Murrar glared at him. "You were going to try sneaking up on us wearing all that plate mail?"
"I wouldn't need to sneak to strike you down, kerra," Korrodar threatened.
"Posturing will accomplish nothing," the ranger chided. "Let's go."
"Go where?" Tayil asked. "That useless twit T'Rath said the answers we sought were up here, but I've found no evidence of what we're looking for."
"That's because you haven't looked in the right spot," the ranger said. "What we seek is behind the waterfall."
The four trudged through the water, moving through the spray of the falls into a cavern behind it.
"There's a door up ahead," Baden noted.
They moved forward and the ranger examined the lock. "This has been opened recently," he said. He reached into his satchel for some picks and soon had the door unsealed.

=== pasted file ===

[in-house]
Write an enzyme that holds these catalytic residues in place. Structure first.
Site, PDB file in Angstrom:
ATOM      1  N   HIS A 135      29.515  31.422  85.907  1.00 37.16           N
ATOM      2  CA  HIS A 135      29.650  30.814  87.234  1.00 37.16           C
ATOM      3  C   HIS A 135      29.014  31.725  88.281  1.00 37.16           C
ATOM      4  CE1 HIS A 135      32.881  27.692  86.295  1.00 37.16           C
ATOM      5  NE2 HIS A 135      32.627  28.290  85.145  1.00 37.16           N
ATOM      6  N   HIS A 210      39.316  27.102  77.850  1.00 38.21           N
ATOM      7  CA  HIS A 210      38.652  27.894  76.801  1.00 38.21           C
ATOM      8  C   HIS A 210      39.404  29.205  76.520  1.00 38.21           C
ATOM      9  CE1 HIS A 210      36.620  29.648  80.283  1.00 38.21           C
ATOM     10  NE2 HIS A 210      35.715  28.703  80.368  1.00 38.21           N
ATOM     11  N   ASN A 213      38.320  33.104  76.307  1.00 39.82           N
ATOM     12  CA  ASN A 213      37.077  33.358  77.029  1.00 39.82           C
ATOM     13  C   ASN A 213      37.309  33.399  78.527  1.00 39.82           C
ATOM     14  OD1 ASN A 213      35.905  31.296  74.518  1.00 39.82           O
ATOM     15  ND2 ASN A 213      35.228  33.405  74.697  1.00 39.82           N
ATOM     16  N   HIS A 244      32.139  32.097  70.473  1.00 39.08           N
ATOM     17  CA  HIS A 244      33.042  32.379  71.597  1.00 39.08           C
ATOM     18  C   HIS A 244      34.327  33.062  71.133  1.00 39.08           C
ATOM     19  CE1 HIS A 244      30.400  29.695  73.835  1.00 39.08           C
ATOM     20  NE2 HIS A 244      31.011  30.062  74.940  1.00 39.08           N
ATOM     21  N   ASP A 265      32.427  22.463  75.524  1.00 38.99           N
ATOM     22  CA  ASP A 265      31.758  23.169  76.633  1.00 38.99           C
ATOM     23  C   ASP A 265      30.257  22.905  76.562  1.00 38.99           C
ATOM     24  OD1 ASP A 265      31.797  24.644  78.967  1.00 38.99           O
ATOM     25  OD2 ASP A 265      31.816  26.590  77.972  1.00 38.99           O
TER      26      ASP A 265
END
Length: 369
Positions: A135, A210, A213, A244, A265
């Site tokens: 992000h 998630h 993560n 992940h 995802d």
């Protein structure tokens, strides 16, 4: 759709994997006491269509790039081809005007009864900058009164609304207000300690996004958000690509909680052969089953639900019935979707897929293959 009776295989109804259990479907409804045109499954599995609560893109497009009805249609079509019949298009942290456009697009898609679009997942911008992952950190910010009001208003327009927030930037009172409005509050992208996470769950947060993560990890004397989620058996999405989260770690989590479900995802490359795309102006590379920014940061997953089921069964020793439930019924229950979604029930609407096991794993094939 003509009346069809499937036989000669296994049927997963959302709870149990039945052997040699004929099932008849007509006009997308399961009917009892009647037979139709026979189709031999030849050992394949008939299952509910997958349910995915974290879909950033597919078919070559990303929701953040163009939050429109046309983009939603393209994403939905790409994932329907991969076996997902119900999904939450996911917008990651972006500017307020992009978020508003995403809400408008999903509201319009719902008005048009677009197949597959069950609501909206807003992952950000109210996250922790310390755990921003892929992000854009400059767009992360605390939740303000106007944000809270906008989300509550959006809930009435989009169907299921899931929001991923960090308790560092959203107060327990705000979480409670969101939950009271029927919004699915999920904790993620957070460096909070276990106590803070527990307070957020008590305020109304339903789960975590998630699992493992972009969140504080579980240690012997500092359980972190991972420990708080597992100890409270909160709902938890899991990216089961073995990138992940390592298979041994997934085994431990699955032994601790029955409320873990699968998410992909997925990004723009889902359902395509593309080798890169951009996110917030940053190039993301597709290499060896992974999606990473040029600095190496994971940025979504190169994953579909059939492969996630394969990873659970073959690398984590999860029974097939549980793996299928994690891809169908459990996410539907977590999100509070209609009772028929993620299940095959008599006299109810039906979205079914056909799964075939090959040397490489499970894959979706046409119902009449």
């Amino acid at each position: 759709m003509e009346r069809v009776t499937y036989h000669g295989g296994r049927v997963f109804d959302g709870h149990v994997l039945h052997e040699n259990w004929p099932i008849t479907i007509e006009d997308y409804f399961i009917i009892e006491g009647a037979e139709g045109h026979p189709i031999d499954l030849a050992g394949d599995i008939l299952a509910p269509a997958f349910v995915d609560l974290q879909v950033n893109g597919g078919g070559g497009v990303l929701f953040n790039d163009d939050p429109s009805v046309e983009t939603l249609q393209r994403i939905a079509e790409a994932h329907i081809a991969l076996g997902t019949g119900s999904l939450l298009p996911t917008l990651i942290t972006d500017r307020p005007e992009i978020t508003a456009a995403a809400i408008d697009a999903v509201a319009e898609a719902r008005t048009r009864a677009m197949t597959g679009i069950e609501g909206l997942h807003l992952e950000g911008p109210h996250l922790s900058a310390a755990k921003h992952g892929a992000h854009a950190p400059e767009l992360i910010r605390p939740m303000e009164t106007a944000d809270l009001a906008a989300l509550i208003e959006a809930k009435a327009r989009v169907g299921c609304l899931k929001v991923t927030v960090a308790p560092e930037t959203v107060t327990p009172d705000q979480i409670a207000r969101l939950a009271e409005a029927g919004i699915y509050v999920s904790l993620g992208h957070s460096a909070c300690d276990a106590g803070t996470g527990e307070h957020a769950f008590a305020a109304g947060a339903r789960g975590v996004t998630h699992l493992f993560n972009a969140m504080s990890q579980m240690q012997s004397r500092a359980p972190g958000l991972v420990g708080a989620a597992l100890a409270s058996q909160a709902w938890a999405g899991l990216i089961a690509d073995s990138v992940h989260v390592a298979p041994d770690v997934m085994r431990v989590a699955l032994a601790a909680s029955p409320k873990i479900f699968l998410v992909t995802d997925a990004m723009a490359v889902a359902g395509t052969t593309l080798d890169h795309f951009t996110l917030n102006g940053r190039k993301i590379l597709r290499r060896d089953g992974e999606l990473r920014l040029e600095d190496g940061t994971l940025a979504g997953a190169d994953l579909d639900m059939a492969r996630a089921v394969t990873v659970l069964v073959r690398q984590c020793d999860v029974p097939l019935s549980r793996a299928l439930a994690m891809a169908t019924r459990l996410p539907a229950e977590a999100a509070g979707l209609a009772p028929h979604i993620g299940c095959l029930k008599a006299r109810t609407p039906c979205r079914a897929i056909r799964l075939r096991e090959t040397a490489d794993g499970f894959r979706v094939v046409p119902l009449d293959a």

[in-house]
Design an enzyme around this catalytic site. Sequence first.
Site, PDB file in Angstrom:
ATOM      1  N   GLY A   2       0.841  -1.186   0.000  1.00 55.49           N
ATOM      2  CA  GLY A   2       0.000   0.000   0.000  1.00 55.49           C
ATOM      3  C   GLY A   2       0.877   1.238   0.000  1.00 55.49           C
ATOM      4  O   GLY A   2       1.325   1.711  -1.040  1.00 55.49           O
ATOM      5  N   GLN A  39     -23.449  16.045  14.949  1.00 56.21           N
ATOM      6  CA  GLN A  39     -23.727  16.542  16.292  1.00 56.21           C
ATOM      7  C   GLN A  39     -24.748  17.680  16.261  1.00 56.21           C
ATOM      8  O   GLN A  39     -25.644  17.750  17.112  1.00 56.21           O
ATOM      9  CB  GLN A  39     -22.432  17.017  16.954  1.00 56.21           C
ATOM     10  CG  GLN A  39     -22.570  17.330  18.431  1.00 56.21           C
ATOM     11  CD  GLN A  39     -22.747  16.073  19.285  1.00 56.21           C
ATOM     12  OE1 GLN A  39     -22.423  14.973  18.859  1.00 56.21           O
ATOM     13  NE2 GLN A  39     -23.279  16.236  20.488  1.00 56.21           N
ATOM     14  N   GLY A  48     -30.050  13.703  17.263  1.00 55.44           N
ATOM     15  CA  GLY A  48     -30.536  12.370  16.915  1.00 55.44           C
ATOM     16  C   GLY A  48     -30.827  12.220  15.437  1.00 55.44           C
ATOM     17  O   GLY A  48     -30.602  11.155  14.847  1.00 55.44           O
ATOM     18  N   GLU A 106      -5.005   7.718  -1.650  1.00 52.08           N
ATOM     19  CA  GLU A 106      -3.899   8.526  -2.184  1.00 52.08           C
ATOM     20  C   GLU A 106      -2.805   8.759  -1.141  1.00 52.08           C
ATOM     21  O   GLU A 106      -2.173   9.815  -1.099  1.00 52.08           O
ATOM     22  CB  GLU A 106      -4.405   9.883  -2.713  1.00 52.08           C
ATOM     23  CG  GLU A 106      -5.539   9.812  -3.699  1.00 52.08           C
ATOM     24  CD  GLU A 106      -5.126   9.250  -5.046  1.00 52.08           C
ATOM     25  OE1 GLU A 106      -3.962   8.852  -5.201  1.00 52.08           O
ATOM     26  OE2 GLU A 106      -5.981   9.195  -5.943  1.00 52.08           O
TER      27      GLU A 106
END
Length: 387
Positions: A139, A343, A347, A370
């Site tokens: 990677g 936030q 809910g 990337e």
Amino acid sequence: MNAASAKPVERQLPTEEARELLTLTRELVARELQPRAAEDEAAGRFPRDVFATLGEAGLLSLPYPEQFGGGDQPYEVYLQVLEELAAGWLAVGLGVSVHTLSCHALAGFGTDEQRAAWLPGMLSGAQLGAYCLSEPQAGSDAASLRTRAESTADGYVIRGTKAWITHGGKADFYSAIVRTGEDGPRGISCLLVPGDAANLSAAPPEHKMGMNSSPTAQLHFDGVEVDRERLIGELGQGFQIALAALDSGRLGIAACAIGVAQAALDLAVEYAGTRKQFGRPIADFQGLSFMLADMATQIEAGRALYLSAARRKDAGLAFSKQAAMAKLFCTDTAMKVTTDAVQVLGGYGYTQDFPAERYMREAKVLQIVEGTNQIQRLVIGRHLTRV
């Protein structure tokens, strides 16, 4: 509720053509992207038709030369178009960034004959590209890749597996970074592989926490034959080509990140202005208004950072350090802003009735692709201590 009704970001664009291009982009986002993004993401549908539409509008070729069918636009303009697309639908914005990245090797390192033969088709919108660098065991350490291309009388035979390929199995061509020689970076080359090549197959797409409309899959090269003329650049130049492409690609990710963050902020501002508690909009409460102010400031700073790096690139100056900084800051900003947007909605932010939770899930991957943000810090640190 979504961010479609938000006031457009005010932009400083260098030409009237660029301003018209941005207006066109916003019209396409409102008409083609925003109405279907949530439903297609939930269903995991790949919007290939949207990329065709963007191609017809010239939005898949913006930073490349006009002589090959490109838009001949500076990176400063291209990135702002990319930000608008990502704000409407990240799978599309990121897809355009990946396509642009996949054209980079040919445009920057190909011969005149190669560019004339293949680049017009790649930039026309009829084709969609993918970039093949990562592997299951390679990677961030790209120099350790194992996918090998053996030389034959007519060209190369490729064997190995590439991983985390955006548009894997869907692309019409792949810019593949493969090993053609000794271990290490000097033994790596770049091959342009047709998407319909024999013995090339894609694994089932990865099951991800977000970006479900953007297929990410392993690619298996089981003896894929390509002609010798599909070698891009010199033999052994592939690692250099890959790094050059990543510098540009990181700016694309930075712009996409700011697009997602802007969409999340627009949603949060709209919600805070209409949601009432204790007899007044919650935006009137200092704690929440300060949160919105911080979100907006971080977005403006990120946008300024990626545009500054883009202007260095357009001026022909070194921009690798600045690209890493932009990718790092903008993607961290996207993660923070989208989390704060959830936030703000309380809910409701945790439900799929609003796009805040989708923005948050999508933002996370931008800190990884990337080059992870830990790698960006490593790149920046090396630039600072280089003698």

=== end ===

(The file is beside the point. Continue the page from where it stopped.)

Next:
"Stay behind me," he told them.
"I don't take orders from you!" Tayil hissed.
The ranger sighed. "I'm not trying to... Oh forget it. Just follow me."
They moved carefully through the knee-deep water, following the cave walls. The place smelled of decay, of secrets long buried.
Baden was several paces ahead of the others. He rounded a corner, then began backing up toward them. "Well, I guess that answers that question," he said.
"What question?" the Teir'Dal asked.
"Where the grinnin disappeared to."
From out of the shadows ahead of them advanced a dozen or more goblins, their bulbous eyes glinting in the darkness of the cave.
"This would seem to be the first test of our fledgling alliance," Tayil said. She began to mutter an incantation.
"Indeed," Murrar answered. "I hope your witchcraft is up to the task."
"Bah, enough of your babble!" Korodar boomed, drawing his blades. "Attack!"
As he charged forward, the ranger fired arrows into the goblin hoard and Tayil rained bolts of energy down upon them. The kerra drew his sword and waded into the throng of grinnin.
Deep within the cavern, something sitrred. They come, it whispered. At last they come.